Wednesday, November 9, 2011

World Seed Supply's Cheap and Simple Lighting Options for Indoor Plants

People ask us all the time about lighting for their indoor plants.  The following information will just offer three lighting solutions for indoor plants that most people should have access to and be able to afford.

While most serious plant setups use high pressure sodium (HPS) or metal halide bulbs (MH), most plants can be supported just fine under fluorescent lighting.  What's even better is that fluorescent bulbs can be bought cheaply and are inexpensive to run.  The most accessible and efficient form of fluorescent lighting is the CFL or compact fluorescent light bulb.  You can find these bulbs anywhere that sells light bulbs from grocery store to pharmacies to hardware stores. We've seen them as cheaply as one dollar.  And while HPS and MH bulbs require special ballasts, compact fluorescent light bulbs can fit in any standard lamp fixture as they are.  You can use these bulbs either by themselves or to supplement window light for plants.

One of the best ways to make the light accessible to your plants is to use desk lamps with bendable necks. This will allow you to adjust the lamp to fit the growth of the plants or to point the light at a particular area.  CFL lights work well for starting cactus and plant seedlings as well as for maintaining mature plants.  The following example is one simple setup using CFL light bulbs in a floor lamp / desk lamp combo.

Another source of fluorescent light is the fluorescent tube.  These are the typical lights you will find in office buildings and other public places, and they are used because they are inexpensive to run.  This setup will be a little more expensive, but it can support more plants than a CFL and will offer them much more light for good growth.  Whereas the CFL system is more for sustaining plants, the tube setup can be used for actively growing plants and seedlings.  The tubes require a special fixture which typically fits 4ft. fluorescent tubes.  Most fixtures will hold 2 or 4 of these bulbs.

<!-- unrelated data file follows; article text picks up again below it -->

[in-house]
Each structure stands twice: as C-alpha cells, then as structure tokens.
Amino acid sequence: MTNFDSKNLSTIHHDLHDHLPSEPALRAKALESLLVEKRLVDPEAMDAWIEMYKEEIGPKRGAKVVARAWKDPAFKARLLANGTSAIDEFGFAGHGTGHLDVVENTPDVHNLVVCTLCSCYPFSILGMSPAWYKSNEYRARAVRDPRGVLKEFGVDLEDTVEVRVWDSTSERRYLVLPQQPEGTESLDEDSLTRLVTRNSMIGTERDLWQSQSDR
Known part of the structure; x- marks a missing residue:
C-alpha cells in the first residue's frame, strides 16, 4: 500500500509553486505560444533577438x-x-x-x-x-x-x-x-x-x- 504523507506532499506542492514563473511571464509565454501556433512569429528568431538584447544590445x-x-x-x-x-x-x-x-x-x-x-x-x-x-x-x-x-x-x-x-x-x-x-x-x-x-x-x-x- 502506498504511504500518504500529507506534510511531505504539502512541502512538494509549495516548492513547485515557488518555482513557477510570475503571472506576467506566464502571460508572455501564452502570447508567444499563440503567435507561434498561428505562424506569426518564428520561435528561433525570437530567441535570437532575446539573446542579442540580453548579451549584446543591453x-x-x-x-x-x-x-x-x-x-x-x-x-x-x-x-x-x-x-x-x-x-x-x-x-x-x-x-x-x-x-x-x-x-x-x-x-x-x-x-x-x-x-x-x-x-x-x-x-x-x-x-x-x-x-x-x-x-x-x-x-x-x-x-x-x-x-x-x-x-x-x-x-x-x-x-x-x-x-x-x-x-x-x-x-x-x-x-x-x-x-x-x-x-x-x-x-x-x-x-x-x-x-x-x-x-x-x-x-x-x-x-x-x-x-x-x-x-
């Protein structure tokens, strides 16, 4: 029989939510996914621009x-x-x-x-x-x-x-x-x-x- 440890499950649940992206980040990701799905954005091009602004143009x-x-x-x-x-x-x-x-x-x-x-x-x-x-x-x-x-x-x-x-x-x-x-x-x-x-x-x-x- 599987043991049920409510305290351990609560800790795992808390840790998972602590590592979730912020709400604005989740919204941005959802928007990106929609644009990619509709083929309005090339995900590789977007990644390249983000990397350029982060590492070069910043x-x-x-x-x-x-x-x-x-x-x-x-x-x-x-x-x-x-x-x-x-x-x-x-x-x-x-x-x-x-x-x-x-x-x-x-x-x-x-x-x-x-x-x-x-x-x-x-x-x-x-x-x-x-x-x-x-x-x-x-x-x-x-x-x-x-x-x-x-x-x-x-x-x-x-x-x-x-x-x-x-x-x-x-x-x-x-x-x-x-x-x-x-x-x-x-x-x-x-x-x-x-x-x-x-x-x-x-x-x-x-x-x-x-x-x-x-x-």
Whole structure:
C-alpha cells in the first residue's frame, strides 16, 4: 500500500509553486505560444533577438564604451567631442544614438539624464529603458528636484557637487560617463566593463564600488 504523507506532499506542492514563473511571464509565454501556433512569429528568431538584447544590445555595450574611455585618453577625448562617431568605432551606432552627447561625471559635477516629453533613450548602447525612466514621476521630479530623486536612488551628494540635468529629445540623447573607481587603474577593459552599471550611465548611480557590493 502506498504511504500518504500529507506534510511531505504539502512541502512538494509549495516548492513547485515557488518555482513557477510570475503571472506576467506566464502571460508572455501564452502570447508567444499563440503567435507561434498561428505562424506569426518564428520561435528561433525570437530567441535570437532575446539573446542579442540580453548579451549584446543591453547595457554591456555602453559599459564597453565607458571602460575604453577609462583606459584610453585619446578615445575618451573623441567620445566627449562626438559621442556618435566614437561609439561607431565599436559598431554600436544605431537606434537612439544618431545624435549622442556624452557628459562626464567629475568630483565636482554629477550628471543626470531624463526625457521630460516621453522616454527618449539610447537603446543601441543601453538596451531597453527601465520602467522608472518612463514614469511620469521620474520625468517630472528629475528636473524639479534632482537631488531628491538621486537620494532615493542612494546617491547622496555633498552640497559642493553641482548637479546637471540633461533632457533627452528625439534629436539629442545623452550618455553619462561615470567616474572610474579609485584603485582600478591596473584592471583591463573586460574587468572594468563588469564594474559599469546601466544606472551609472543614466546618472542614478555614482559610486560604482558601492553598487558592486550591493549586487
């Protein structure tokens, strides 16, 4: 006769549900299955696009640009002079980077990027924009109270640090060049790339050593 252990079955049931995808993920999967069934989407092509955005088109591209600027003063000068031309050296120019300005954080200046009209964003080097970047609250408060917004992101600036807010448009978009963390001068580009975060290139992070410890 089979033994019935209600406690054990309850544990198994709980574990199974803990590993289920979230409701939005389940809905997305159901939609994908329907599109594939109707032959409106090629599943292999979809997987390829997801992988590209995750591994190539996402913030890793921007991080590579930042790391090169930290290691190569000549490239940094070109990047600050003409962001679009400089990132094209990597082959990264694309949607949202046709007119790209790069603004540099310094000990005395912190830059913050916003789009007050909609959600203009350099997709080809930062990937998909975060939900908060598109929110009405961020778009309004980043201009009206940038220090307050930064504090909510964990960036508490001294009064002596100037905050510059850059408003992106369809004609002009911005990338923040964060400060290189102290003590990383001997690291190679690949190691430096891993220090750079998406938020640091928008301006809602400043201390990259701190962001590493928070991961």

The tubes also range in thickness (from .25" to 1.5").  Thickness is based on a "T" scale from T2-T12. The T stands for tubular, and the number represents eighths of an inch.  The different bulbs have different advantages.  The T8 is the typical bulb with 8/8" or 1" diameter and will suffice for most vegetative growing situations.  So all the fancy numbers aside, a four-foot long, one-inch thick bulb will work for your basic setup.

Aside from bulb length and thickness, you must also select from light color appearance. This is based on the color spectrum of the light that is produced.  Color appearances include warm, neutral, cool white, natural light and daylight.  It should be noted that warm is just the color of the light. Warm bulbs actually run the coolest with the daylight bulbs outputting the most heat.  Many growers use the cool white bulbs for their plants, although the daylight bulbs are even better if you can find one.  

The advantage of using this system is that the fixture can be hung above the plants by chain or rope and raised as the plants grow.  This allows you to maintain the same light intensity as your plants grow without the plants touching the bulbs.  Fluorescent lights do run very cool compared to other types of light, but they can still burn leaves if the bulbs are touching them.